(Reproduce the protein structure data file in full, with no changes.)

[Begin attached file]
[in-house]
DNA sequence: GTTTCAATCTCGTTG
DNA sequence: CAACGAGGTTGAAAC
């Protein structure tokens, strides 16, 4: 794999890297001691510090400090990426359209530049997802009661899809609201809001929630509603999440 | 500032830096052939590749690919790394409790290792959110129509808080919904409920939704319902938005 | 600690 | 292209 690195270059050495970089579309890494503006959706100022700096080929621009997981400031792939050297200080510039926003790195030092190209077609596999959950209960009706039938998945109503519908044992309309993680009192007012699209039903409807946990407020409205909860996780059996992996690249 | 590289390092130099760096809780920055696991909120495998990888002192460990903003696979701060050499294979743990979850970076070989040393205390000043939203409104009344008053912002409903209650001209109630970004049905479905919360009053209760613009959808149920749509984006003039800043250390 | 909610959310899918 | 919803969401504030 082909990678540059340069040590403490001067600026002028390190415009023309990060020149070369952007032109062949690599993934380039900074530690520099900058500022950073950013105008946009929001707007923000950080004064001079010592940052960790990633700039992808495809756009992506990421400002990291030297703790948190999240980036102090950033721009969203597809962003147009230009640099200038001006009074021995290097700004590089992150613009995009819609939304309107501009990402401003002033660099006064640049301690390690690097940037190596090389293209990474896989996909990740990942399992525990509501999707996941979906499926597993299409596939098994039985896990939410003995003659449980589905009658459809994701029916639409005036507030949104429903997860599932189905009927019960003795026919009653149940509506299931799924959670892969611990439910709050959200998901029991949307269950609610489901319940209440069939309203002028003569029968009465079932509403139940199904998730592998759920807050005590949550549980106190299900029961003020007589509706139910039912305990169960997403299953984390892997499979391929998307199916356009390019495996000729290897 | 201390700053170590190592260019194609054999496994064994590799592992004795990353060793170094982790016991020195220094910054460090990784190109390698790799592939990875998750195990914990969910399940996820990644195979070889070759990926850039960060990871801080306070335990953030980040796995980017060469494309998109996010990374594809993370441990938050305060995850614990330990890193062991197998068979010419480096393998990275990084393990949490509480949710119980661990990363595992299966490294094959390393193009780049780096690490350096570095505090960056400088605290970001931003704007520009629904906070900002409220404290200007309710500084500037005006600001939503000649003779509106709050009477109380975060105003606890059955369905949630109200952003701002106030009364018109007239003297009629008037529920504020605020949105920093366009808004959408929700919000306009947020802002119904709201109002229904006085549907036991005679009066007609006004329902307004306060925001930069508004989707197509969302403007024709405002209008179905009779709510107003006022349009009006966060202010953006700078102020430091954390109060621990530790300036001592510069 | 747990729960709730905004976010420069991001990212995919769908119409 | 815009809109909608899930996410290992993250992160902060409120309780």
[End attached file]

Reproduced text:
[in-house]
DNA sequence: GTTTCAATCTCGTTG
DNA sequence: CAACGAGGTTGAAAC
């Protein structure tokens, strides 16, 4: 794999890297001691510090400090990426359209530049997802009661899809609201809001929630509603999440 | 500032830096052939590749690919790394409790290792959110129509808080919904409920939704319902938005 | 600690 | 292209 690195270059050495970089579309890494503006959706100022700096080929621009997981400031792939050297200080510039926003790195030092190209077609596999959950209960009706039938998945109503519908044992309309993680009192007012699209039903409807946990407020409205909860996780059996992996690249 | 590289390092130099760096809780920055696991909120495998990888002192460990903003696979701060050499294979743990979850970076070989040393205390000043939203409104009344008053912002409903209650001209109630970004049905479905919360009053209760613009959808149920749509984006003039800043250390 | 909610959310899918 | 919803969401504030 082909990678540059340069040590403490001067600026002028390190415009023309990060020149070369952007032109062949690599993934380039900074530690520099900058500022950073950013105008946009929001707007923000950080004064001079010592940052960790990633700039992808495809756009992506990421400002990291030297703790948190999240980036102090950033721009969203597809962003147009230009640099200038001006009074021995290097700004590089992150613009995009819609939304309107501009990402401003002033660099006064640049301690390690690097940037190596090389293209990474896989996909990740990942399992525990509501999707996941979906499926597993299409596939098994039985896990939410003995003659449980589905009658459809994701029916639409005036507030949104429903997860599932189905009927019960003795026919009653149940509506299931799924959670892969611990439910709050959200998901029991949307269950609610489901319940209440069939309203002028003569029968009465079932509403139940199904998730592998759920807050005590949550549980106190299900029961003020007589509706139910039912305990169960997403299953984390892997499979391929998307199916356009390019495996000729290897 | 201390700053170590190592260019194609054999496994064994590799592992004795990353060793170094982790016991020195220094910054460090990784190109390698790799592939990875998750195990914990969910399940996820990644195979070889070759990926850039960060990871801080306070335990953030980040796995980017060469494309998109996010990374594809993370441990938050305060995850614990330990890193062991197998068979010419480096393998990275990084393990949490509480949710119980661990990363595992299966490294094959390393193009780049780096690490350096570095505090960056400088605290970001931003704007520009629904906070900002409220404290200007309710500084500037005006600001939503000649003779509106709050009477109380975060105003606890059955369905949630109200952003701002106030009364018109007239003297009629008037529920504020605020949105920093366009808004959408929700919000306009947020802002119904709201109002229904006085549907036991005679009066007609006004329902307004306060925001930069508004989707197509969302403007024709405002209008179905009779709510107003006022349009009006966060202010953006700078102020430091954390109060621990530790300036001592510069 | 747990729960709730905004976010420069991001990212995919769908119409 | 815009809109909608899930996410290992993250992160902060409120309780």